Oral interpretation or assistance is provided to any detained noncitizen who speaks another language in which written material has not been translated or who is illiterate.
Limited English Proficiency (LEP)
ERO provides accurate and effective communication with LEP stakeholders to ensure meaningful access to programs and activities. ICE notes not all forms are translated into every dialect spoken by detained noncitizens in ICE custody.
Through contracts with language assistance vendors, ICE ERO uses professional oral interpretation and translation services that cover more than 200 languages, including Indigenous languages. Additionally, many ERO staff have sufficient proficiency in one or more languages other than English and communicate with LEP persons in their primary language, when appropriate.
Additionally, ICE’s Language Access Program allows noncitizens access to language services by facilitating the translation of certain ERO forms at any phase of the immigration process, including forms used in ICE’s detention centers. If a form is unavailable in a noncitizen’s primary language, the noncitizen receives translation services for the explanation of the form via Lionbridge or other approved translation services.
ERO has access to an ICE-wide 24 hours a day, seven days a week language services contract for interpretation (oral), translation (written), and transcription (audio to documentation).
ERO regularly coordinates with its language line vendors to better ensure recruitment and availability of over-the-phone interpretation services to serve those in ICE custody who speak Indigenous languages.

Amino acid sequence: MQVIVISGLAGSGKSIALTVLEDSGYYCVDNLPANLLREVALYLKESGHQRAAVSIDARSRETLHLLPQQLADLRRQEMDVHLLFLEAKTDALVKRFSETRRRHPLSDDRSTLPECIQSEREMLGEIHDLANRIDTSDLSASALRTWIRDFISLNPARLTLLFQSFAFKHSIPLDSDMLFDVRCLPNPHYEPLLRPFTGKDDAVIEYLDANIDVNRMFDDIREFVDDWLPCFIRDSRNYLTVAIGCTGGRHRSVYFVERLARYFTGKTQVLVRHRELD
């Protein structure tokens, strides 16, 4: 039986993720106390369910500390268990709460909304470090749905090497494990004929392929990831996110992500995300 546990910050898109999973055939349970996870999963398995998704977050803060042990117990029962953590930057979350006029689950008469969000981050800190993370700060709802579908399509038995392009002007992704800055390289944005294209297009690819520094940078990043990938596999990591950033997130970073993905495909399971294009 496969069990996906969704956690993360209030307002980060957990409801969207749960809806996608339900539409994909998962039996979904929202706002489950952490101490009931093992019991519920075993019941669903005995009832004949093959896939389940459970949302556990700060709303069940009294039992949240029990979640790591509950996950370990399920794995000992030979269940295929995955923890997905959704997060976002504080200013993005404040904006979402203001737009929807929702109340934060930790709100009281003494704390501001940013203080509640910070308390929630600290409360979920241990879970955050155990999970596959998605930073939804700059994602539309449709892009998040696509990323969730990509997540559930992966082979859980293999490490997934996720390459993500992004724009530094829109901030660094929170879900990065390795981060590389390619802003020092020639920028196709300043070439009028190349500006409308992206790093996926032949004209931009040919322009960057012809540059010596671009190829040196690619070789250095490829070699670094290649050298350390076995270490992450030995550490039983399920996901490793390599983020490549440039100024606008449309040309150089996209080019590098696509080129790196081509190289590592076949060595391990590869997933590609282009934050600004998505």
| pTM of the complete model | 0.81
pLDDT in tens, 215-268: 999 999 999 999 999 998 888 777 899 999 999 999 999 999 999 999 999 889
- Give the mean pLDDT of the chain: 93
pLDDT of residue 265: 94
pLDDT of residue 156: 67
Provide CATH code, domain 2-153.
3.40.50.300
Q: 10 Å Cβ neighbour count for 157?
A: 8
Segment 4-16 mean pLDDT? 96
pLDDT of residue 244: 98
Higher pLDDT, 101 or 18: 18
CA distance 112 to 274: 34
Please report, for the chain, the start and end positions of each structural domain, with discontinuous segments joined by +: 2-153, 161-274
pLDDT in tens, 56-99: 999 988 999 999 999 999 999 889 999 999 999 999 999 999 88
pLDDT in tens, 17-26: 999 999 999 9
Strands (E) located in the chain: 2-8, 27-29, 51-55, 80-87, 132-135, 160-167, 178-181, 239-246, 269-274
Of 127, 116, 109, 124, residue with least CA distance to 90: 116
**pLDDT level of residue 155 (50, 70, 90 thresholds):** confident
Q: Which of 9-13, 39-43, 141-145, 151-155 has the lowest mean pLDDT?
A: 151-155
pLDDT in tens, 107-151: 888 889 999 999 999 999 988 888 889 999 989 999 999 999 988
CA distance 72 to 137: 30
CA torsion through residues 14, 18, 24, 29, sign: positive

ERO disseminated to field offices nationwide tools designed to help staff identify noncitizens who speak Indigenous languages. These include an ERO audio/visual PowerPoint, Intake Tool for Identifying Indigenous Languages, and an ISpeak Indigenous Language Identification flyer developed by the Department of Homeland Security Office for Civil Rights and Civil Liberties.
ICE ERO Language Access
ICE Enforcement and Removal Operations (ERO) identifies, arrests, detains, and removes noncitizens who present a danger to national security, are a risk to public safety, enter the United States illegally, or otherwise undermine the integrity of the U.S. immigration laws and border control efforts. In carrying out this important mission, it is vital for ICE ERO to communicate effectively with a broad-spectrum of noncitizens, including those who have limited English proficiency.
ICE ERO is committed to ensuring that external LEP stakeholders (including members of the public seeking access to programs, and noncitizens who are subject to ICE enforcement actions and/or are in ICE custody) have meaningful access to its programs, services, and activities by providing quality language assistance services in a timely manner. This includes identifying and translating vital documents into the most frequently encountered languages, providing interpretive services where appropriate, and educating personnel about language access responsibilities and how to utilize available resources.
When conducting its business and strategic planning, ICE ERO considers means of enhancing its language access services that do not also unduly burden the agency mission.